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Wine Diary

Before flowering

June 4, 2019

This year we have been spared the dreaded late frosts. In the beginning of May, with clear skies, night temperatures once fell slightly below 0°Celsius for a short period of time, and we were just one whisker away from catastrophe. The next day, you could almost hear the common sigh of relief in Langenlois!

Otherwise, the first two months of spring were very warm and dry. We had to wait until a very cool May produced the long desired rainfalls. With June came the summer. Nature now deploys breathtaking energies! It is a great joy to see everything greening and blossoming in the vineyards! Red clovers work as an eye-catcher for the wanderers. On closer inspection we observe honey bees, bumble bees, harmless butterflies and lots of smaller insects dancing from flower to flower attracted by the life-giving nectar. Thanks to the prolonged periods of spring rain, earth worms also have flourished underground. The fruit sets are developing well so far, yet we have to wait a few more days until blossoming starts. This means, we are not late, however, compared to last year’s flowering dates, we might be two weeks behind. No wonder, 2018 was the earliest year in our records!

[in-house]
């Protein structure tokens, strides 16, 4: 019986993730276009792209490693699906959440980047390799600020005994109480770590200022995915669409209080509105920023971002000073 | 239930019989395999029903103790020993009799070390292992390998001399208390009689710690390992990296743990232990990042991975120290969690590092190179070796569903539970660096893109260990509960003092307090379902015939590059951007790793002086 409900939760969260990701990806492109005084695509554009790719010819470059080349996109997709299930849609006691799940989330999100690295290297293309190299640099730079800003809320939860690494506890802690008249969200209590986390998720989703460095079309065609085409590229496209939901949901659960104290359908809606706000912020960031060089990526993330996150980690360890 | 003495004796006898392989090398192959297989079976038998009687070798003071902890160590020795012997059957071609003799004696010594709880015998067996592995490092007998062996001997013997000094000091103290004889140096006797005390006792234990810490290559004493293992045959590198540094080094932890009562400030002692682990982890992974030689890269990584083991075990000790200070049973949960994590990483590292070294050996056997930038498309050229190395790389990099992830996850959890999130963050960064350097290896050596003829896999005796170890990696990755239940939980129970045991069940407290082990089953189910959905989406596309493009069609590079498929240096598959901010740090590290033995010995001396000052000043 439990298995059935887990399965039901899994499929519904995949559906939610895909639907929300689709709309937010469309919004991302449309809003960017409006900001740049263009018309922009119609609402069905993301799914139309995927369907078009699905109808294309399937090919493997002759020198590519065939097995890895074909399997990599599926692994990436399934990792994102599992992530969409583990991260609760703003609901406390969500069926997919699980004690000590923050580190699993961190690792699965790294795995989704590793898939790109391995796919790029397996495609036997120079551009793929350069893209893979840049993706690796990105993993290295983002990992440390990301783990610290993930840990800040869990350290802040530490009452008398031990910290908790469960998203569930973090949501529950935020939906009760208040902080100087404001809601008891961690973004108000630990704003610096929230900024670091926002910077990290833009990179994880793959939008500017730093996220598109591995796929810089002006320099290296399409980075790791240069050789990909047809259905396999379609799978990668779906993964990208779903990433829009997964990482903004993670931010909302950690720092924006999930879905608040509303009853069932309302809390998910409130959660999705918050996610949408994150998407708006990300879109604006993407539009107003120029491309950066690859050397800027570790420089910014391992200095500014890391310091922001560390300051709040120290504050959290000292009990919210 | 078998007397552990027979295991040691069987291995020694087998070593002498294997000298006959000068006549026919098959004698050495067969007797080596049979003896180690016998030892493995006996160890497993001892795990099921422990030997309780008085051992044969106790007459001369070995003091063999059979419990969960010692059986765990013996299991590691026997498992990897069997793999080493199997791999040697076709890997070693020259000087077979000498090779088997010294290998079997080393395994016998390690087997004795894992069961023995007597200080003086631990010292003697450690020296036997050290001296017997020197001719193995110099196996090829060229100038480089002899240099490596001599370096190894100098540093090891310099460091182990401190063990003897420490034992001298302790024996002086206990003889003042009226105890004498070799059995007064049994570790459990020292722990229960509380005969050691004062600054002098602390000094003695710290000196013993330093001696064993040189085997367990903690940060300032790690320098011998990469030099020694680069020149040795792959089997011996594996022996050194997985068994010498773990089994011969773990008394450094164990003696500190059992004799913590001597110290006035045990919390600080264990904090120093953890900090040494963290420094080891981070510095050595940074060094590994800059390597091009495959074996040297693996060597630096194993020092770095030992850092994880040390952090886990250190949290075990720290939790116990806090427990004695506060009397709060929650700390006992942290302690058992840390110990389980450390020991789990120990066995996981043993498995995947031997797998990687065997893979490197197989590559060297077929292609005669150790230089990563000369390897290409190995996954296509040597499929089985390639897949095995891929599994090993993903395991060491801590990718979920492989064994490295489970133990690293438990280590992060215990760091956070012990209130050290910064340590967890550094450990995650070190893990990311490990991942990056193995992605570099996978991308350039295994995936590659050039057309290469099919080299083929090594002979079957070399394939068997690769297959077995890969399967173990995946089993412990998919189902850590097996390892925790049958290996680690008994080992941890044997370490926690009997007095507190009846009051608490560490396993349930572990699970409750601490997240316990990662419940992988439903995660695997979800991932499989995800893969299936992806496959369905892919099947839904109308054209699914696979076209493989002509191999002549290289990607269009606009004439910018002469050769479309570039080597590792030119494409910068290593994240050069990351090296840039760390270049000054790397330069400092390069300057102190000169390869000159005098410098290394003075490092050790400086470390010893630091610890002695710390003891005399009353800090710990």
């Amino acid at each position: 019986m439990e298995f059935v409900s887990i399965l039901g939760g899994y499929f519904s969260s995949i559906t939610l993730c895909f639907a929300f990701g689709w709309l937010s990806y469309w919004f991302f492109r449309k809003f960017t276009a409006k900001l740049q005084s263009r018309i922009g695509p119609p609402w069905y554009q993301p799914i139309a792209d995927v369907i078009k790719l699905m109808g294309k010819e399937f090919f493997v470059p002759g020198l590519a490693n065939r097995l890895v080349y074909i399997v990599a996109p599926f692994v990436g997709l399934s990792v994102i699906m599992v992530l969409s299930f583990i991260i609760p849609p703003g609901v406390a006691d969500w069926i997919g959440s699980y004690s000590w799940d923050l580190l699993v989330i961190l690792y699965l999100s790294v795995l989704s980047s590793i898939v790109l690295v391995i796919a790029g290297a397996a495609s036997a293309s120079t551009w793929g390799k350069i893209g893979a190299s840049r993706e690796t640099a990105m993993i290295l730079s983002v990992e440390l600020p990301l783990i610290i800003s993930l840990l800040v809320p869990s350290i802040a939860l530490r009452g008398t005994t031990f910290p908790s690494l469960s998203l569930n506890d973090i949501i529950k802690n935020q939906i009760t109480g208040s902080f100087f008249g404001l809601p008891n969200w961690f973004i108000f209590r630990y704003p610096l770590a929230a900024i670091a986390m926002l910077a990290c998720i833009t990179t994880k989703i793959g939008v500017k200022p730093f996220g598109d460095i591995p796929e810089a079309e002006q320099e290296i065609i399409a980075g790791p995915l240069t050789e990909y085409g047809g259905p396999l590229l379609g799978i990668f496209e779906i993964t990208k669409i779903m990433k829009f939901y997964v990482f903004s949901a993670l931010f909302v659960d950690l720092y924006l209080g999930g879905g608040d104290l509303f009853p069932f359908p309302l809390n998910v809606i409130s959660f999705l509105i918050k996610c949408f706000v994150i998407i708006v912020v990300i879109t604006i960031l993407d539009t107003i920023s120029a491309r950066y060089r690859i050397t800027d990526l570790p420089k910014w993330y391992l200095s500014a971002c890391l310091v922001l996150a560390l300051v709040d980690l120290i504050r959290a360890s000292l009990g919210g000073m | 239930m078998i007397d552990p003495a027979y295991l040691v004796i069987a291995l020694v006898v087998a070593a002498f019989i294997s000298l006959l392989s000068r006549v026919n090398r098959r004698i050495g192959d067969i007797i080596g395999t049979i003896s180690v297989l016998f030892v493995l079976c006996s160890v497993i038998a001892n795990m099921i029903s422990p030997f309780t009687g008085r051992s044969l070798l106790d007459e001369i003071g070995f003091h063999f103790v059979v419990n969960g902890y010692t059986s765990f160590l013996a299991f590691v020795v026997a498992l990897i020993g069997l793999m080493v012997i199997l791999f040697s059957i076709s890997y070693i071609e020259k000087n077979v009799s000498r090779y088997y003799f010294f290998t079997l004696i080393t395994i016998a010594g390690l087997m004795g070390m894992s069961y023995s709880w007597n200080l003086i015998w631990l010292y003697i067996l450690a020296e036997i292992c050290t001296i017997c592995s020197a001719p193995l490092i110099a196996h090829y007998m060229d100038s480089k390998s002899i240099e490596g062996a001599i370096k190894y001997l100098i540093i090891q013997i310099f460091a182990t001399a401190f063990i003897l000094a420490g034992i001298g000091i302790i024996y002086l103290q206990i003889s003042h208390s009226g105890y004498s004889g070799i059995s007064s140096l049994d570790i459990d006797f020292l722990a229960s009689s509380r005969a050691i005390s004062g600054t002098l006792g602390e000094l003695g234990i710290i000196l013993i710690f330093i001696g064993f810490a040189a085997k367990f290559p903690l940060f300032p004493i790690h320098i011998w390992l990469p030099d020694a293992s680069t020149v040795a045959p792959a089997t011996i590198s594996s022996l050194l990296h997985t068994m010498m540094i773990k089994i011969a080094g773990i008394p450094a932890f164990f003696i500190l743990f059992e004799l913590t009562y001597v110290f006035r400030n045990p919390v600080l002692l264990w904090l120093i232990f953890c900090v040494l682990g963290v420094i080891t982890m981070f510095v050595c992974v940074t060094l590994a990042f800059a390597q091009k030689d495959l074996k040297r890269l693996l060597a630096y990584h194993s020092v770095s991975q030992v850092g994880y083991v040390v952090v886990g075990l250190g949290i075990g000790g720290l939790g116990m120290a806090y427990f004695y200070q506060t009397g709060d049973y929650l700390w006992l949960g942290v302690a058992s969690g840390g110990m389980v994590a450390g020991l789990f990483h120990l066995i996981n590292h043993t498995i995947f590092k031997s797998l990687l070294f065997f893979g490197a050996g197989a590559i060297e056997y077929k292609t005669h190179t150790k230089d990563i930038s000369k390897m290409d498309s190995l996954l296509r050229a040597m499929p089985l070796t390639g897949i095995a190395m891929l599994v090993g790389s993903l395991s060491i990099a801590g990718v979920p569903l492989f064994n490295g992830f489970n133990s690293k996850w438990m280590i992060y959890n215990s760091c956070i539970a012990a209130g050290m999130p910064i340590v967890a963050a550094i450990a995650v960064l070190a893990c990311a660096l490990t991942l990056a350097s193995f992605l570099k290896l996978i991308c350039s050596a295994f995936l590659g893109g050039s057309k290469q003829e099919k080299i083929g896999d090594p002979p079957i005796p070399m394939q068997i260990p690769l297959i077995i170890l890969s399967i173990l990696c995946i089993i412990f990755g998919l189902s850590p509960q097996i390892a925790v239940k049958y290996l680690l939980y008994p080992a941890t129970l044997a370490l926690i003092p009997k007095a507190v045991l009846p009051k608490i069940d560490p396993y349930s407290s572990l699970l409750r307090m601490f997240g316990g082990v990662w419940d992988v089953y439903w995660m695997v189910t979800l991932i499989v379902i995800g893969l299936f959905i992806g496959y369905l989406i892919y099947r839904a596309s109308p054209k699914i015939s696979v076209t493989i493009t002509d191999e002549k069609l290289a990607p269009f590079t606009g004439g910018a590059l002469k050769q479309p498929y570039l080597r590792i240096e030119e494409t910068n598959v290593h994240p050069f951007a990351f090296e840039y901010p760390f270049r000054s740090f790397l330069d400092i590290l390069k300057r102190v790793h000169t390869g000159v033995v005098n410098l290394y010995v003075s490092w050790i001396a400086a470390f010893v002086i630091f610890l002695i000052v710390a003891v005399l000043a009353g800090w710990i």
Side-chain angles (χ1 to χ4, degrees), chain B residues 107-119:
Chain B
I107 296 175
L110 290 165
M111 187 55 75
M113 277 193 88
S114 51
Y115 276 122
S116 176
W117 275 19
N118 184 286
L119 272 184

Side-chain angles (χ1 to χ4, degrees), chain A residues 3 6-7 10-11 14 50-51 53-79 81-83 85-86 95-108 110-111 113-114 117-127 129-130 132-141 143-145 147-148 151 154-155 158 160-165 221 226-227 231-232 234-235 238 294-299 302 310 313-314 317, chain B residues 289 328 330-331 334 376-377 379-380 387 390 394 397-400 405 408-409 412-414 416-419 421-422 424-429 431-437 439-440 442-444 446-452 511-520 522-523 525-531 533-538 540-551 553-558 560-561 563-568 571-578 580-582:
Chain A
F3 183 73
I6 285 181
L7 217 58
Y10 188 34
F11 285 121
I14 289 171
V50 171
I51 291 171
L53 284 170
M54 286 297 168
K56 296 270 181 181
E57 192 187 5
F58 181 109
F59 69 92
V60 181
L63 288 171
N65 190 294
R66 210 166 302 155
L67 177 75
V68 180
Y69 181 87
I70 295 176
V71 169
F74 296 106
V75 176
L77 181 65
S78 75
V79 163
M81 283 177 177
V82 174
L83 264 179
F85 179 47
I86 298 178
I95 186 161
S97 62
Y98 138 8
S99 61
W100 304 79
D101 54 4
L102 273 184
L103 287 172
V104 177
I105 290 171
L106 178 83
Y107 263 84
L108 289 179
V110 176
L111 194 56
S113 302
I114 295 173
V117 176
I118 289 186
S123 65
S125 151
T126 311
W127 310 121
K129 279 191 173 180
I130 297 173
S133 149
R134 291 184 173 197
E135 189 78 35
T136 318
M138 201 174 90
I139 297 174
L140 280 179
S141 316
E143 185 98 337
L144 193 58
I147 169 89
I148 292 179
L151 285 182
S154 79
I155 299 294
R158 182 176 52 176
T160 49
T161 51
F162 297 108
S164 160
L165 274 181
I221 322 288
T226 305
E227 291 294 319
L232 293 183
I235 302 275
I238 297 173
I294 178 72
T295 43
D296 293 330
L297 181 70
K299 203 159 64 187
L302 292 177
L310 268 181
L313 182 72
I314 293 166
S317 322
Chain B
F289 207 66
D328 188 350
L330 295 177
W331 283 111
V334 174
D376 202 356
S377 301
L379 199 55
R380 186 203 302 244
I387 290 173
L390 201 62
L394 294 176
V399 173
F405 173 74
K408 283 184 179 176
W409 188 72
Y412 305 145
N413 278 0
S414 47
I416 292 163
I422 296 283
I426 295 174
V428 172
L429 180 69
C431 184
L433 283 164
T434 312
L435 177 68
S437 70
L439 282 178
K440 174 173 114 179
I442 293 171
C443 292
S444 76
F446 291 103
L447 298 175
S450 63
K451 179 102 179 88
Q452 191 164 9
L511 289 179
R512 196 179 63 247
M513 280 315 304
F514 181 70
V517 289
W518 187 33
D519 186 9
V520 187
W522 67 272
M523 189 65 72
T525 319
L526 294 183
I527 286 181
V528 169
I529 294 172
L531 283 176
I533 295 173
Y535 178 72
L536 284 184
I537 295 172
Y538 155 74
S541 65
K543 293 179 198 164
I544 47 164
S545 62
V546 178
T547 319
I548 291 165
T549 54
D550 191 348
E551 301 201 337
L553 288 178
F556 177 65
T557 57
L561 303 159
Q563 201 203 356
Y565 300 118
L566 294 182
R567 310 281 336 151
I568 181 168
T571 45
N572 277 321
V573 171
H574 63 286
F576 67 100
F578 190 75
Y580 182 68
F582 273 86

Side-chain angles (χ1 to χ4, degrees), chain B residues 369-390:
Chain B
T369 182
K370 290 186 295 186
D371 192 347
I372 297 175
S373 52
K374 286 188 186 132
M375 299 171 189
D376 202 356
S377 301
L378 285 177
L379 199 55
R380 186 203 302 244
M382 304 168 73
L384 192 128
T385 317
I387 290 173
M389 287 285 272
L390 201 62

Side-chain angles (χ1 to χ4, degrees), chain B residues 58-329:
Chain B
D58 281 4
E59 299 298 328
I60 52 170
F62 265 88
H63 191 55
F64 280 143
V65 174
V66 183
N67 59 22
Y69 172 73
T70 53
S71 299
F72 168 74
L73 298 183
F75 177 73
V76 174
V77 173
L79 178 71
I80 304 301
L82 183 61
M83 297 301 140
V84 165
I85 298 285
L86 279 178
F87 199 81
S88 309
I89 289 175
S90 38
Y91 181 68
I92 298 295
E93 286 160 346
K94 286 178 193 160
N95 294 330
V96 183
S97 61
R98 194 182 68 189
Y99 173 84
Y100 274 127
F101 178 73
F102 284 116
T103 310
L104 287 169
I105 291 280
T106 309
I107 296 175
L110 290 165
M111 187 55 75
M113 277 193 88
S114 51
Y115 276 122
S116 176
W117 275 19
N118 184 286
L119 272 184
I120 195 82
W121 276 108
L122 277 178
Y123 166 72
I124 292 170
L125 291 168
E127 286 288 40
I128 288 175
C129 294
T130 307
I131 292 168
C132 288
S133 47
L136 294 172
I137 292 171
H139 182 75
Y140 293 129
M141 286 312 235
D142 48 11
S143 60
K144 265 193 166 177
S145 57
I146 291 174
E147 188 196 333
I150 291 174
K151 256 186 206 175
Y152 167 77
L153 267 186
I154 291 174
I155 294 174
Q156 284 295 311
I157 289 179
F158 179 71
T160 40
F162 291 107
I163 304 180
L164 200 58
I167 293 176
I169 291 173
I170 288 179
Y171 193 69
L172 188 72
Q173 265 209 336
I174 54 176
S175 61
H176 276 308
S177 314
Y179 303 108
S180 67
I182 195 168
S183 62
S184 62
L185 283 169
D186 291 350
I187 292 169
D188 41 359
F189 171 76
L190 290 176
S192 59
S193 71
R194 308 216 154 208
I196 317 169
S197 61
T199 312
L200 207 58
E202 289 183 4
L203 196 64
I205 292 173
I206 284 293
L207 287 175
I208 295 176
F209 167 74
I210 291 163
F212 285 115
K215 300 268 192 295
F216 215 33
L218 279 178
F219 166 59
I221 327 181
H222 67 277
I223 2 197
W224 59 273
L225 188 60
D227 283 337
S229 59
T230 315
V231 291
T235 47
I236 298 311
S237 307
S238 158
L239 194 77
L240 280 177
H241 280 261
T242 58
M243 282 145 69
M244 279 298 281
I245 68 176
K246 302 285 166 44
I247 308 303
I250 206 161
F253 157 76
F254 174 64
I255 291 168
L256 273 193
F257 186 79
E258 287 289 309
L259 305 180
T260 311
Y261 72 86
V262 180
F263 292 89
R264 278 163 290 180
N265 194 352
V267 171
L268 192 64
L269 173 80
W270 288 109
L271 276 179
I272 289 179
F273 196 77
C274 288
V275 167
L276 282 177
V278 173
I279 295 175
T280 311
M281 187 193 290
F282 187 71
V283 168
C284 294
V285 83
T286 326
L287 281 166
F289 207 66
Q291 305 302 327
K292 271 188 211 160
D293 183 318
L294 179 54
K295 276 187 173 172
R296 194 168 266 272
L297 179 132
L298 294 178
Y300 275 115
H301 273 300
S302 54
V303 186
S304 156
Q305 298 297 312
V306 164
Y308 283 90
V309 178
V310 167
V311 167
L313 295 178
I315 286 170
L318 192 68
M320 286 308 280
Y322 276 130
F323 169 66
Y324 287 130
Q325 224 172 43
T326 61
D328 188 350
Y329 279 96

Work in the vineyards is progressing nicely! Removing excessive shoots from the vines is part of the laborious daily routine. All shoots that are positioned too low on the vine and all their neighboring latent buds have to be picked and brushed off properly. To obtain a well-shaped, airy leaf wall, many excessive shoots must be removed even though most of them are already carrying fruit settings. This measure reduces fruit quantity before flowering and is one of the many requirements for high quality grape growing.